Among other reforms, the Affordable Care Act (ACA) imposes three new requirements on group health plans and group or individual health insurance coverage that are referred to as “patient protections.” These patient protections relate to the choice of a health care professional and requirements relating to benefits for emergency services, and became effective for plan years beginning on or after Sept. 23, 2010. They do not apply to grandfathered plans. The rules regarding choice of health care professional apply only to plans that have a network of providers.
On June 28, 2010, the Departments of Health and Human Services (HHS), Labor and the Treasury issued interim final rules regarding these health plan coverage mandates.
CHOICE OF PRIMARY CARE PROVIDER
If a group health plan or group or individual health insurer requires a participant to designate a primary care provider, the participant must be able to choose any participating primary care provider who is able to accept the participant as a patient. This rule includes the designation of a pediatrician as the primary care provider for a child.
The plan must provide a notice informing each participant of the plan’s terms regarding primary care provider designation. The notice should be included in the plan’s summary plan description. The interim final rules include model language for this notice.
Plans that provide coverage for obstetrical and/or gynecological care (ob-gyn care) and require the patient to designate an in-network primary care provider may not require preauthorization or referral for a female participant seeking such care. However, a plan may still require the ob-gyn provider to follow any policies or procedures regarding referrals, prior authorization for treatments and the provision of services.
The plan must inform each participant of these rules and should include the notice in its summary plan description. Model language is included in the interim final rules.
ACA places additional requirements on plans and health insurance issuers that provide hospital emergency room benefits. Plans and issuers must provide those benefits without requiring prior authorization, and without regard to whether the provider is an in-network provider.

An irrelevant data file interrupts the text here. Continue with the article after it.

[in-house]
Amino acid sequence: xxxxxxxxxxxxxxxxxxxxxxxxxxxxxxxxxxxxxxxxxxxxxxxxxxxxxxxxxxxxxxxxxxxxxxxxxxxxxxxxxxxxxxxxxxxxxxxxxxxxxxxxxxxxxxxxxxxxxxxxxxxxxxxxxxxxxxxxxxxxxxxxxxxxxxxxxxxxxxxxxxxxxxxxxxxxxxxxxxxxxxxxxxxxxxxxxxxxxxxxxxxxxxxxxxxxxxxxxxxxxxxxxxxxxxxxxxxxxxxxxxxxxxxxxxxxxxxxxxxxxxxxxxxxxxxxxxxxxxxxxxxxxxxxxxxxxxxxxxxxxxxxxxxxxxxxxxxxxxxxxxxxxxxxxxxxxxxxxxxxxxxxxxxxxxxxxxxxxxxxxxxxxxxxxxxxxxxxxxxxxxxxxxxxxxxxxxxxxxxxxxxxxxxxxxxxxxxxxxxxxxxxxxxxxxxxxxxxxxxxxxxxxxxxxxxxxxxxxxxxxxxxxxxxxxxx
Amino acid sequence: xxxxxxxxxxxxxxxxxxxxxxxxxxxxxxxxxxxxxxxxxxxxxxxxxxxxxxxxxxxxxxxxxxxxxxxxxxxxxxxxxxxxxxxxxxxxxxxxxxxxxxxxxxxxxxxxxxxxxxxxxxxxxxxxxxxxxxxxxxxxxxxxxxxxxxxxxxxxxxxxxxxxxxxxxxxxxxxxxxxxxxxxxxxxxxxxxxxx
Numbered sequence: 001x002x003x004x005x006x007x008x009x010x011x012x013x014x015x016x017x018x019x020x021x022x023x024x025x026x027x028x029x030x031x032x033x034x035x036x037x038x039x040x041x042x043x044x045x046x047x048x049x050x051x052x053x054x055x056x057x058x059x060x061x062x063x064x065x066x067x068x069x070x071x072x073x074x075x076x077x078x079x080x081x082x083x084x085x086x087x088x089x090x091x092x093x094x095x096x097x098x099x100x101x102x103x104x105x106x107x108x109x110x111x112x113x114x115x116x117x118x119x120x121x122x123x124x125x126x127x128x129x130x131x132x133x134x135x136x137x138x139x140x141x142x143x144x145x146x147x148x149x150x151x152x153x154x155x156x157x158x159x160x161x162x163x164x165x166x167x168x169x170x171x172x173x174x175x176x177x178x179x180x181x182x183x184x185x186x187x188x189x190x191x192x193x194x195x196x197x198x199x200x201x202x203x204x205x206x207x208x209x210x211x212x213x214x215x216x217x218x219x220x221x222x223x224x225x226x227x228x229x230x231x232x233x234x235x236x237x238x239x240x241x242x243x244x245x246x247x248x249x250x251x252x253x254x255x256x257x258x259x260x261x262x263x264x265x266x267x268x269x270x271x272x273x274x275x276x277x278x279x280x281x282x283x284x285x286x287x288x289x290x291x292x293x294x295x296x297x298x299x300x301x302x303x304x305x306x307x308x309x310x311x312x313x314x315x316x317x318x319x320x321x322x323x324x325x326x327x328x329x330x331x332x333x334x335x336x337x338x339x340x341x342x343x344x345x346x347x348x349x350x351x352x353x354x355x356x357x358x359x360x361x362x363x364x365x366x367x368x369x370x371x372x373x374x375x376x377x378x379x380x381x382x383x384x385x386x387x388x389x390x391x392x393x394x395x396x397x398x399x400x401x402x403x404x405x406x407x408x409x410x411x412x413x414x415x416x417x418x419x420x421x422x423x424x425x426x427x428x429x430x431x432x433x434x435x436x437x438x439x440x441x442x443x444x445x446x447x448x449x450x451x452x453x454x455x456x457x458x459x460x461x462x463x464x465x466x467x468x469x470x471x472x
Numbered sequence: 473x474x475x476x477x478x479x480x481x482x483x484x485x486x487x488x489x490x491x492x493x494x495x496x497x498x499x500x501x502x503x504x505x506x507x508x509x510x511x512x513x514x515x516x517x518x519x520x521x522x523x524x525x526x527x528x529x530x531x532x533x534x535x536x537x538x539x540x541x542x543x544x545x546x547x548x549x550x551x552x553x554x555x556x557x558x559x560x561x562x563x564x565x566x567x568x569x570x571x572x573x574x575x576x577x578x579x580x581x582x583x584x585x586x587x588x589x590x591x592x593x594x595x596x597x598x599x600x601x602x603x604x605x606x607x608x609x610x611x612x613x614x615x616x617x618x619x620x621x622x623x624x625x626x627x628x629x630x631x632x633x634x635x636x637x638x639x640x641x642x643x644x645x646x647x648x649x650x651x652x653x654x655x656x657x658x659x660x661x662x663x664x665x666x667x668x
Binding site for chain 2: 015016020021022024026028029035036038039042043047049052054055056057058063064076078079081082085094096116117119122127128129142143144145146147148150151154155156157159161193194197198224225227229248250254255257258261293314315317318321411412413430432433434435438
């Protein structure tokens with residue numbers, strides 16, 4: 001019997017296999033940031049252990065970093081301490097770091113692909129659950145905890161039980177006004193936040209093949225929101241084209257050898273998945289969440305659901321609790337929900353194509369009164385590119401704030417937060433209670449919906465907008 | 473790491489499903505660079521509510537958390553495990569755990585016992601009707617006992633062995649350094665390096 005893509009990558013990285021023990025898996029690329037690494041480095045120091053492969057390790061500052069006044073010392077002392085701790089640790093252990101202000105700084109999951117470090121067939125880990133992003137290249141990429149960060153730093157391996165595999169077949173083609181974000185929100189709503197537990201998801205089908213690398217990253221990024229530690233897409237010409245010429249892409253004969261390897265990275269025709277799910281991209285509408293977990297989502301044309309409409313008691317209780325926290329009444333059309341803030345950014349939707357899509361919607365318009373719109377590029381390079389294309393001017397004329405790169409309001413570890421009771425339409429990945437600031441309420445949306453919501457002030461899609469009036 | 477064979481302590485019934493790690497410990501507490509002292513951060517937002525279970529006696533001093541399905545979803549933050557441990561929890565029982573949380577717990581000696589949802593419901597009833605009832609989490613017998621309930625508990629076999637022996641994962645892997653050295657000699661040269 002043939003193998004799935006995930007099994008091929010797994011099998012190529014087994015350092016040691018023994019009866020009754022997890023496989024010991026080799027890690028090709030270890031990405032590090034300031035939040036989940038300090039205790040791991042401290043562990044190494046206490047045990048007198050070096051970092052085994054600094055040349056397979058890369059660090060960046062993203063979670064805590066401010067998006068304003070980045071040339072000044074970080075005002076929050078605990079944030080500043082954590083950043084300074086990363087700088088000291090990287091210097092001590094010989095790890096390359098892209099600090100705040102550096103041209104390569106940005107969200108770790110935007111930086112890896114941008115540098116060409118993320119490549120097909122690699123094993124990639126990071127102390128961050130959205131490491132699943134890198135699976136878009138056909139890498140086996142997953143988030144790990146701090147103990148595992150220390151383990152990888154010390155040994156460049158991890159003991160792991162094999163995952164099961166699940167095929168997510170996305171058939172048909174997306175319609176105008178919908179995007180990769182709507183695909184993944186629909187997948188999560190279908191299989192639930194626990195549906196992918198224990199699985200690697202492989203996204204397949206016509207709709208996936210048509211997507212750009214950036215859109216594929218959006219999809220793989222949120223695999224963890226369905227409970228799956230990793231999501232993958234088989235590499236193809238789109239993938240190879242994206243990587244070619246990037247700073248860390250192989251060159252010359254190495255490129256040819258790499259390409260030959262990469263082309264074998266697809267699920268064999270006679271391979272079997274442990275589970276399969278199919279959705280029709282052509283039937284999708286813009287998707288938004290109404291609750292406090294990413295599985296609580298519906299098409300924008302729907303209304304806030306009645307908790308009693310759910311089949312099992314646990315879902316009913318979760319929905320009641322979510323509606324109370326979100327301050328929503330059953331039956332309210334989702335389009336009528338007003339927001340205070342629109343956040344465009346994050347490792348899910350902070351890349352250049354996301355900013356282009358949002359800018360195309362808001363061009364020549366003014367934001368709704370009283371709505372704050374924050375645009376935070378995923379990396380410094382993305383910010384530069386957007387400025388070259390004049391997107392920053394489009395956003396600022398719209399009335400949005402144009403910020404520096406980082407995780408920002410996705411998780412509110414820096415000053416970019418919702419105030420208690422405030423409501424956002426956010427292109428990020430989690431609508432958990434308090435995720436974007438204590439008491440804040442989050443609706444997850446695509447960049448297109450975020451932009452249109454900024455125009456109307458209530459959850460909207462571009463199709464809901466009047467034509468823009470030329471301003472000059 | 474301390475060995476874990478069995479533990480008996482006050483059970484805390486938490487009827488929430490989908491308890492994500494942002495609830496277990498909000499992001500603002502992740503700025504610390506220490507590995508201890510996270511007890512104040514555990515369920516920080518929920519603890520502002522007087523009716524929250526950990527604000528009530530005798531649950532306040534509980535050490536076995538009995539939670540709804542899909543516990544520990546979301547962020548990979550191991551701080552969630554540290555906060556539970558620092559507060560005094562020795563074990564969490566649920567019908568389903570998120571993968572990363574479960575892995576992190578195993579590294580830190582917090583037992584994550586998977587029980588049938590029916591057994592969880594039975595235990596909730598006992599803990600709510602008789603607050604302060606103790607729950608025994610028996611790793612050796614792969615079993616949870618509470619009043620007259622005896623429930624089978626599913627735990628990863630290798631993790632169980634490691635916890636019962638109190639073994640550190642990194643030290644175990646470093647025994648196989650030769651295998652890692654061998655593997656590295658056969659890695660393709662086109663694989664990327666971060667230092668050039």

Also, the plan or issuer may not impose requirements or limitations on out-of-network emergency services that are more restrictive than those applicable to in-network emergency services. Cost sharing requirements, such as copayments or coinsurance rates imposed for out-of-network emergency services, cannot exceed the cost-sharing requirements for in-network emergency services.
Despite this rule, out-of-network providers may balance bill patients, as long as the plan or issuer has paid a reasonable amount for the services. The interim final rules provide that a plan or issuer has paid a reasonable amount for services if it provides benefits for out-of-network emergency services in an amount equal to the greatest of the following three possible amounts:
- The amount negotiated with in-network providers for the emergency service furnished;
- The amount for the emergency service calculated using the same method the plan generally uses to determine payments for out-of-network services, but substituting the in-network cost-sharing provisions for the out-of-network cost-sharing provisions; or
- The amount that would be paid under Medicare for the emergency service.
Each of these three amounts is calculated excluding any in-network copayment or coinsurance imposed.
Also, other cost-sharing requirements, such as deductibles or out-of-pocket maximums, may be imposed on out-of-network emergency services if the cost-sharing requirement generally applies to out-of-network benefits.